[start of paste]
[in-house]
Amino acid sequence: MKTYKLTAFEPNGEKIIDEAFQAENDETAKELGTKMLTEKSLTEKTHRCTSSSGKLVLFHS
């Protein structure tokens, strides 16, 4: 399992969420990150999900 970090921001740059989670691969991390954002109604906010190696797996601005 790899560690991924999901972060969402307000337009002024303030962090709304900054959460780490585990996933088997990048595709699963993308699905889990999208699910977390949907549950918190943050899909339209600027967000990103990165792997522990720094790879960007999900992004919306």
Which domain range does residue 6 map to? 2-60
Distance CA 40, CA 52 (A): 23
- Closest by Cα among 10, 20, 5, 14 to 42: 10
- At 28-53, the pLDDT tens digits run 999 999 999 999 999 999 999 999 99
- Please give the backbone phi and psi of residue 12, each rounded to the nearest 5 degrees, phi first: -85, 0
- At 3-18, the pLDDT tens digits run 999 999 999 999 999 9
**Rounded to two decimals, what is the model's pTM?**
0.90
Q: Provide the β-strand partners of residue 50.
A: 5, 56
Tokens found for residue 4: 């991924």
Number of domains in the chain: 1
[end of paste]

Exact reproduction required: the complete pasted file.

[in-house]
Amino acid sequence: MKTYKLTAFEPNGEKIIDEAFQAENDETAKELGTKMLTEKSLTEKTHRCTSSSGKLVLFHS
């Protein structure tokens, strides 16, 4: 399992969420990150999900 970090921001740059989670691969991390954002109604906010190696797996601005 790899560690991924999901972060969402307000337009002024303030962090709304900054959460780490585990996933088997990048595709699963993308699905889990999208699910977390949907549950918190943050899909339209600027967000990103990165792997522990720094790879960007999900992004919306």
Which domain range does residue 6 map to? 2-60
Distance CA 40, CA 52 (A): 23
- Closest by Cα among 10, 20, 5, 14 to 42: 10
- At 28-53, the pLDDT tens digits run 999 999 999 999 999 999 999 999 99
- Please give the backbone phi and psi of residue 12, each rounded to the nearest 5 degrees, phi first: -85, 0
- At 3-18, the pLDDT tens digits run 999 999 999 999 999 9
**Rounded to two decimals, what is the model's pTM?**
0.90
Q: Provide the β-strand partners of residue 50.
A: 5, 56
Tokens found for residue 4: 């991924």
Number of domains in the chain: 1